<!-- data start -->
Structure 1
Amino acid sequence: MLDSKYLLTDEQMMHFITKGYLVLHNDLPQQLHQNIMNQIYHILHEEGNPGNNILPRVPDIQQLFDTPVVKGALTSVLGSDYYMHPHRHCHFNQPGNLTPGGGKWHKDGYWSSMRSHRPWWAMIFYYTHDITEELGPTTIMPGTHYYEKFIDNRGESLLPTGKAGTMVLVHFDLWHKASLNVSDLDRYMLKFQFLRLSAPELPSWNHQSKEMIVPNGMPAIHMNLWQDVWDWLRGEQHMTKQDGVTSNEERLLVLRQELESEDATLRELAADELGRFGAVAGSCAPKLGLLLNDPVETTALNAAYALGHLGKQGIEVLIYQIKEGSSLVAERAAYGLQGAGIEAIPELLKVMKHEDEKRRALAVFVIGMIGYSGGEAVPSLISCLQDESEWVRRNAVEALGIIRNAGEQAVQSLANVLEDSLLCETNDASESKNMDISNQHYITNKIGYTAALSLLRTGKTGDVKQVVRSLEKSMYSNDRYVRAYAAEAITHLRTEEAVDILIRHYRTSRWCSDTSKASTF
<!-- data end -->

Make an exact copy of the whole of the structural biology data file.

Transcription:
Structure 1
Amino acid sequence: MLDSKYLLTDEQMMHFITKGYLVLHNDLPQQLHQNIMNQIYHILHEEGNPGNNILPRVPDIQQLFDTPVVKGALTSVLGSDYYMHPHRHCHFNQPGNLTPGGGKWHKDGYWSSMRSHRPWWAMIFYYTHDITEELGPTTIMPGTHYYEKFIDNRGESLLPTGKAGTMVLVHFDLWHKASLNVSDLDRYMLKFQFLRLSAPELPSWNHQSKEMIVPNGMPAIHMNLWQDVWDWLRGEQHMTKQDGVTSNEERLLVLRQELESEDATLRELAADELGRFGAVAGSCAPKLGLLLNDPVETTALNAAYALGHLGKQGIEVLIYQIKEGSSLVAERAAYGLQGAGIEAIPELLKVMKHEDEKRRALAVFVIGMIGYSGGEAVPSLISCLQDESEWVRRNAVEALGIIRNAGEQAVQSLANVLEDSLLCETNDASESKNMDISNQHYITNKIGYTAALSLLRTGKTGDVKQVVRSLEKSMYSNDRYVRAYAAEAITHLRTEEAVDILIRHYRTSRWCSDTSKASTF